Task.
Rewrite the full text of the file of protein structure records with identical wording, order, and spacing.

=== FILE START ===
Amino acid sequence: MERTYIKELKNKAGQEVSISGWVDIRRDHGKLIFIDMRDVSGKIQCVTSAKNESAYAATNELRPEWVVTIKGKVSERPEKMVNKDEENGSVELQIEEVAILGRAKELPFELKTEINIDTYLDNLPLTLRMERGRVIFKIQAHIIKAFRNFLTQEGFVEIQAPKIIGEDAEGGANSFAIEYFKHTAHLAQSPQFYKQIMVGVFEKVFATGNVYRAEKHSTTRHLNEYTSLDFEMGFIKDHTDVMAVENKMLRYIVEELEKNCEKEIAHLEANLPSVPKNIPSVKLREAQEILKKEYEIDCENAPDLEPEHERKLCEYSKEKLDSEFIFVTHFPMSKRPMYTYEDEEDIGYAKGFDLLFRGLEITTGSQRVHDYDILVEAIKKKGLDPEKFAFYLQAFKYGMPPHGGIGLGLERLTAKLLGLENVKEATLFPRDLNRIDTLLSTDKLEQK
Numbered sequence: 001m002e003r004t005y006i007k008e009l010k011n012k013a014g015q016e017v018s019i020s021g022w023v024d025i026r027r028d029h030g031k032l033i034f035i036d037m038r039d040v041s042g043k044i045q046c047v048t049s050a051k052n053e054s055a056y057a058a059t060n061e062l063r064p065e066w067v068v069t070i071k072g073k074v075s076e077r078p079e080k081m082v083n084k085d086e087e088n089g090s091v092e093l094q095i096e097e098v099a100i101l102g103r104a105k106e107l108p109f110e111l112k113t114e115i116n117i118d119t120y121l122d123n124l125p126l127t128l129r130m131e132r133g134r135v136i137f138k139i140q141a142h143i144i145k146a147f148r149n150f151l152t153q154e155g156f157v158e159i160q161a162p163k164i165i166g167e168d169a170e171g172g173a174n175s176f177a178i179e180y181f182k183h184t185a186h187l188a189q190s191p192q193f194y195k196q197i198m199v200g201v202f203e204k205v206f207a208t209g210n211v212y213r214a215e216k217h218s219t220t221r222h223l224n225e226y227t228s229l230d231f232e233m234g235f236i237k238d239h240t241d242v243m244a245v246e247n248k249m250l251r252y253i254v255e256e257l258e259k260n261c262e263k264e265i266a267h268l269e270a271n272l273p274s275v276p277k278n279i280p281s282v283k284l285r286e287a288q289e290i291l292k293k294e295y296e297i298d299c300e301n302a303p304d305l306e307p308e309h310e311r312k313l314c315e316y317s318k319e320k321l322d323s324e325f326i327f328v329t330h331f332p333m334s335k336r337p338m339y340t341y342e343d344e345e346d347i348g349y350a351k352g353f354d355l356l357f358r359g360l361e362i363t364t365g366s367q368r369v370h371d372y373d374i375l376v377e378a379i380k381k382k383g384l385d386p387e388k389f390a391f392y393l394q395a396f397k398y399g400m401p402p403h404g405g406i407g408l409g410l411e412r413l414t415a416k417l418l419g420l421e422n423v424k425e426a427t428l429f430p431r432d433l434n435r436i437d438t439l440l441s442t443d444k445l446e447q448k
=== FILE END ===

Amino acid sequence: MERTYIKELKNKAGQEVSISGWVDIRRDHGKLIFIDMRDVSGKIQCVTSAKNESAYAATNELRPEWVVTIKGKVSERPEKMVNKDEENGSVELQIEEVAILGRAKELPFELKTEINIDTYLDNLPLTLRMERGRVIFKIQAHIIKAFRNFLTQEGFVEIQAPKIIGEDAEGGANSFAIEYFKHTAHLAQSPQFYKQIMVGVFEKVFATGNVYRAEKHSTTRHLNEYTSLDFEMGFIKDHTDVMAVENKMLRYIVEELEKNCEKEIAHLEANLPSVPKNIPSVKLREAQEILKKEYEIDCENAPDLEPEHERKLCEYSKEKLDSEFIFVTHFPMSKRPMYTYEDEEDIGYAKGFDLLFRGLEITTGSQRVHDYDILVEAIKKKGLDPEKFAFYLQAFKYGMPPHGGIGLGLERLTAKLLGLENVKEATLFPRDLNRIDTLLSTDKLEQK
Numbered sequence: 001m002e003r004t005y006i007k008e009l010k011n012k013a014g015q016e017v018s019i020s021g022w023v024d025i026r027r028d029h030g031k032l033i034f035i036d037m038r039d040v041s042g043k044i045q046c047v048t049s050a051k052n053e054s055a056y057a058a059t060n061e062l063r064p065e066w067v068v069t070i071k072g073k074v075s076e077r078p079e080k081m082v083n084k085d086e087e088n089g090s091v092e093l094q095i096e097e098v099a100i101l102g103r104a105k106e107l108p109f110e111l112k113t114e115i116n117i118d119t120y121l122d123n124l125p126l127t128l129r130m131e132r133g134r135v136i137f138k139i140q141a142h143i144i145k146a147f148r149n150f151l152t153q154e155g156f157v158e159i160q161a162p163k164i165i166g167e168d169a170e171g172g173a174n175s176f177a178i179e180y181f182k183h184t185a186h187l188a189q190s191p192q193f194y195k196q197i198m199v200g201v202f203e204k205v206f207a208t209g210n211v212y213r214a215e216k217h218s219t220t221r222h223l224n225e226y227t228s229l230d231f232e233m234g235f236i237k238d239h240t241d242v243m244a245v246e247n248k249m250l251r252y253i254v255e256e257l258e259k260n261c262e263k264e265i266a267h268l269e270a271n272l273p274s275v276p277k278n279i280p281s282v283k284l285r286e287a288q289e290i291l292k293k294e295y296e297i298d299c300e301n302a303p304d305l306e307p308e309h310e311r312k313l314c315e316y317s318k319e320k321l322d323s324e325f326i327f328v329t330h331f332p333m334s335k336r337p338m339y340t341y342e343d344e345e346d347i348g349y350a351k352g353f354d355l356l357f358r359g360l361e362i363t364t365g366s367q368r369v370h371d372y373d374i375l376v377e378a379i380k381k382k383g384l385d386p387e388k389f390a391f392y393l394q395a396f397k398y399g400m401p402p403h404g405g406i407g408l409g410l411e412r413l414t415a416k417l418l419g420l421e422n423v424k425e426a427t428l429f430p431r432d433l434n435r436i437d438t439l440l441s442t443d444k445l446e447q448k